|Bubble art is created by a tiny nymph called a spittlebug. The glob of soapy froth functions as the nymph's home while it matures. The froth keeps it hidden from predators and prevents it from drying out in the sun as the nymph feeds on the plant.|
A spittlebug is the nymph stage of a tiny insect called a froghopper. Female froghoppers lay eggs in late summer on plants. The eggs are impervious to cold and frost, so they last through the winter. In the Spring, the eggs hatch out, and the nymphs attach themselves and start eating and creating bubbles from the plant's sap. These bubbles provide protection and moisture, and the nymph will hide and live in the glob until it's an adult. Predators can't see the nymph in the foam, and because it has a bad taste, predators tend to leave it alone. The foam also insulates the nymphs from the drastic temperature changes associated with spring, and the moisture keeps them from drying out in the hot sun as summer comes along.
|"Welcome to my foam home," said the spittlebug. Common names for the frothy, spit-like mass are frog spit, snake spit, and cuckoo spit. The foamy bubbles are a little sticky and don't break up easily. They are not like "real" spit.|
For a more detailed account of spittlebugs, click here for an article written by Roy Lukes titled "The Insect Whose Babies Live in a Bubble."
What is a nymph?
A nymph is the juvenile stage of an insect that undergoes simple metamorphosis. Eggs hatch into nymphs, which resemble adults but have no wings.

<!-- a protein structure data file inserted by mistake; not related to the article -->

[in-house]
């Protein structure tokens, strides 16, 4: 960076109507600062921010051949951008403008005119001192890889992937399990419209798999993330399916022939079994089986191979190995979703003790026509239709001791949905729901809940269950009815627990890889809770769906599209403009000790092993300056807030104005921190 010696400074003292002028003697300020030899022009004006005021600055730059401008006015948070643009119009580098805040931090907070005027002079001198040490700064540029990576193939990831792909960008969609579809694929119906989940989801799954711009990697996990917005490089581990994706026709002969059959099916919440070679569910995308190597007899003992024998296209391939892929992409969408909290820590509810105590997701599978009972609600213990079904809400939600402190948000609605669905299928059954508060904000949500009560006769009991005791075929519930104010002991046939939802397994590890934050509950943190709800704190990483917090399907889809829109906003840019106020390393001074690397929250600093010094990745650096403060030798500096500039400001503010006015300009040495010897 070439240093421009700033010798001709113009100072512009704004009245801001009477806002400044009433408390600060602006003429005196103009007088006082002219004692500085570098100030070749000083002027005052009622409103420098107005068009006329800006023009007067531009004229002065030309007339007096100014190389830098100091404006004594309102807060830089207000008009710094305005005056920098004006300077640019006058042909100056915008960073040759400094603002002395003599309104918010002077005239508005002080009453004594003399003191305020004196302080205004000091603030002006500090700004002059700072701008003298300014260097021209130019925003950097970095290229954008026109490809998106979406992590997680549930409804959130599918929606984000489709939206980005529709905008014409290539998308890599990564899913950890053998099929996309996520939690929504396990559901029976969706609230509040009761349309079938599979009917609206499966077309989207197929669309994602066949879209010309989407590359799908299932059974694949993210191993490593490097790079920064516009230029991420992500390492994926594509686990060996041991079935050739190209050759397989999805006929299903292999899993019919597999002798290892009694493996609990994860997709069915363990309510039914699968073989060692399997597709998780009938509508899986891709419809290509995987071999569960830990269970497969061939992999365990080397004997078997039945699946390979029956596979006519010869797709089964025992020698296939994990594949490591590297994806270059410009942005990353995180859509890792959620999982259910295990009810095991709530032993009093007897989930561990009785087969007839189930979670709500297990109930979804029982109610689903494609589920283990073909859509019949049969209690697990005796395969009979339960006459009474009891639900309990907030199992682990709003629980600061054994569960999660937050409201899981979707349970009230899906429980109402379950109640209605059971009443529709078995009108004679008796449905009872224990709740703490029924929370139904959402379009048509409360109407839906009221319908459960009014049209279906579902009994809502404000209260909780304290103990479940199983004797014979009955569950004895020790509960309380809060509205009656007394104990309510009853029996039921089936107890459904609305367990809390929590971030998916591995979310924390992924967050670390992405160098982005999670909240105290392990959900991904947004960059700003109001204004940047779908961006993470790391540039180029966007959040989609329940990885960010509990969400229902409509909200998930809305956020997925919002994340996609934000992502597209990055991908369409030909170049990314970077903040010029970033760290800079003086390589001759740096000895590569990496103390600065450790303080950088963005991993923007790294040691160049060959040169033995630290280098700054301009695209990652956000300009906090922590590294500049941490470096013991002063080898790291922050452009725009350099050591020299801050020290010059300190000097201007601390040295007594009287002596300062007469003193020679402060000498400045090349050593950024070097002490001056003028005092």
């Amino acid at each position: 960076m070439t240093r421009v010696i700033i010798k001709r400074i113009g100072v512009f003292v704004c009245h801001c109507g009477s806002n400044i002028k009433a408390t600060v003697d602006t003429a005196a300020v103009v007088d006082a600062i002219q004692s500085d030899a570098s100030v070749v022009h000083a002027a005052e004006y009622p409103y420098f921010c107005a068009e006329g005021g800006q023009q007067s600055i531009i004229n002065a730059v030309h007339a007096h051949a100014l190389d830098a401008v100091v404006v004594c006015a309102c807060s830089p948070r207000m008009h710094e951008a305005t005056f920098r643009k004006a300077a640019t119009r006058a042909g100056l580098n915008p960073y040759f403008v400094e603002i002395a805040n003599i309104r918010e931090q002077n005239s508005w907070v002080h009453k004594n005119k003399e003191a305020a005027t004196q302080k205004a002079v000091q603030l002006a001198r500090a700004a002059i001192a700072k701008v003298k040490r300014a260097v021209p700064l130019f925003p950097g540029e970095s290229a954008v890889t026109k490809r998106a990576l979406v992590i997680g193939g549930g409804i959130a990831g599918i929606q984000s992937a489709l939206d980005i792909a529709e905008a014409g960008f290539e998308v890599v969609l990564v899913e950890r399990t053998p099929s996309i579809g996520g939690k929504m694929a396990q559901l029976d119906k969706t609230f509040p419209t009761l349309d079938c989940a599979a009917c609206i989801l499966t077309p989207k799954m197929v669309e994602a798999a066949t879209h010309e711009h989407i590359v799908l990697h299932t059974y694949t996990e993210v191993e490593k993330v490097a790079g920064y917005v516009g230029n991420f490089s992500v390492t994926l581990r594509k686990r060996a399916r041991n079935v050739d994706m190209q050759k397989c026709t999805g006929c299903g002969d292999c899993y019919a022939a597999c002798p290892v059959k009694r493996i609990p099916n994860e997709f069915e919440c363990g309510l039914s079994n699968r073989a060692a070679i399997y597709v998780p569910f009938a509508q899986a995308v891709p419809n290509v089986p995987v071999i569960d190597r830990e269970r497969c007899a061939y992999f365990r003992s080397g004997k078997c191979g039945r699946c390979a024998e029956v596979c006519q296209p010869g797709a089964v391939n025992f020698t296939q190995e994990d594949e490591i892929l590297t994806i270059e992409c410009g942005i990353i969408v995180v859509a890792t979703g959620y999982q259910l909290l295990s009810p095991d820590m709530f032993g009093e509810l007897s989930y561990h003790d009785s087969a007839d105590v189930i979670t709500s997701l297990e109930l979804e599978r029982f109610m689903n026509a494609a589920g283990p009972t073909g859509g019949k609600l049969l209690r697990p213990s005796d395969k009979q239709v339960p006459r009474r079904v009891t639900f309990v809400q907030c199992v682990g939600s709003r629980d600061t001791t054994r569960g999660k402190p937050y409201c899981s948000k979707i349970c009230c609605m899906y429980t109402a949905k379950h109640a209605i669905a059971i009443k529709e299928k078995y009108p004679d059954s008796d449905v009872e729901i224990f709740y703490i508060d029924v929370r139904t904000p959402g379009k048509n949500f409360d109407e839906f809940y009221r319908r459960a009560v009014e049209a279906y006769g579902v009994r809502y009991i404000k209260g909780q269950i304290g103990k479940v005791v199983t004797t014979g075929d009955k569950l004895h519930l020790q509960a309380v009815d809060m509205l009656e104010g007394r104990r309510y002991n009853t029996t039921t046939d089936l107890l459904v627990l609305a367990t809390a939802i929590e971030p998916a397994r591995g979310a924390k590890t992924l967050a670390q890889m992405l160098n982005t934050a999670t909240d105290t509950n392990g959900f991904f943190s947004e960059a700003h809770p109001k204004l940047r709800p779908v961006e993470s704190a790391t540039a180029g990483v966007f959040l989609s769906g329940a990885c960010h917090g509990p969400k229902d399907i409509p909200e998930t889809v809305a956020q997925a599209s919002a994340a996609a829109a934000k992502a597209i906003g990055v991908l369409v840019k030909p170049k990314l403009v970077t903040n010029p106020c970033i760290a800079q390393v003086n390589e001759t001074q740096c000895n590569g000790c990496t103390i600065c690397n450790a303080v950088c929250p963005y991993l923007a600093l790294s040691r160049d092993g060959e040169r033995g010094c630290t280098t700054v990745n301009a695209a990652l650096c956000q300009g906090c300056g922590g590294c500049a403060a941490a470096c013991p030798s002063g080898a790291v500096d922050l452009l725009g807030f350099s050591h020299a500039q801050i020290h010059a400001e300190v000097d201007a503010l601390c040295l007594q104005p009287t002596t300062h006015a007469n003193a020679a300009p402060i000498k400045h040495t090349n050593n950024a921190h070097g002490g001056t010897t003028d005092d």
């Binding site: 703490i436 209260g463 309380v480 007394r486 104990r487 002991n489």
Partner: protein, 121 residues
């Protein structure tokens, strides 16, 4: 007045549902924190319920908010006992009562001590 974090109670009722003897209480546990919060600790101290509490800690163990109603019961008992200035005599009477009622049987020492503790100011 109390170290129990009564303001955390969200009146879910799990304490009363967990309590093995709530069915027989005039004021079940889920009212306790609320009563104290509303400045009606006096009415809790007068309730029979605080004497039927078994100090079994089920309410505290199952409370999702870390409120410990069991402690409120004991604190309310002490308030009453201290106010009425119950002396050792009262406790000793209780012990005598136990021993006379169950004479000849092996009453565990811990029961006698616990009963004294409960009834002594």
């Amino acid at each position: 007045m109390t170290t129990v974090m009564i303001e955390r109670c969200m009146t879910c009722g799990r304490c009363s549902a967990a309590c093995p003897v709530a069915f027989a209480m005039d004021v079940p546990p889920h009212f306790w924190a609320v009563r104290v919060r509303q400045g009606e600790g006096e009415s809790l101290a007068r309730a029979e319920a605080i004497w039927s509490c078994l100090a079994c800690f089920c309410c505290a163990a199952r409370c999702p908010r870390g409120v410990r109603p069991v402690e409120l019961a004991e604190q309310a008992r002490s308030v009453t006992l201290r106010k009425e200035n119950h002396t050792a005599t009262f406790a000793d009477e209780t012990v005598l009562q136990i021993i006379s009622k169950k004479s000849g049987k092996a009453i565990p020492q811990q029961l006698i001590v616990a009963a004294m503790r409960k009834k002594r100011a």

Differences between complete and simple metamorphosis...
Butterflies undergo complete metamorphosis. We are all familiar with the lifecycle of a butterfly, which goes from an egg, to a caterpillar (larva), which spins a cocoon (pupa), to an adult butterfly. In complete metamorphosis, the adult looks completely different from the larva.
Spittlebugs undergo simple metamorphosis. Their lifecycle goes from an egg to a nymph, to an adult. In simple metamorphosis, the adult looks similar to the nymph.
What is an instar?
Both nymphs and larvae go through instars. Nymphs and larvae eat and eat until they burst out of their exoskeletons and molt into slightly larger versions of themselves. The stages between molts are called instars. Nymphs (simple metamorphosis) molt into adults from their last instar, but larvae (complete metamorphosis) pupate in a cocoon after their last instar before emerging as completely different adults. Spittlebugs usually go through about five instars before becoming adults (can vary with species)
For an illustration that shows examples of instars in complete and simple metamorphosis, click here.
For an earlier post I did that shows several instars of Large Milkweed Bugs, click here.
How does the nymph manufacture the bubbles?
I didn't know how the nymph created the spit, but a quick look in my Kaufman Field Guide to Insects of North America, pg 94 (by Kenn Kaufman and Eric Eaton) clued me in. The nymphs use liquid waste products from the sap they have been feeding on mixed with mucous they secrete. They have tiny fingerlike projections near their hind end at the tip of their abdomen that they use to pull in air that mixes with the liquid to create the bubbles.
For a cool video of nymphs walking in and out of the foam, click here.
For a video of a nymph creating bubbles, click here.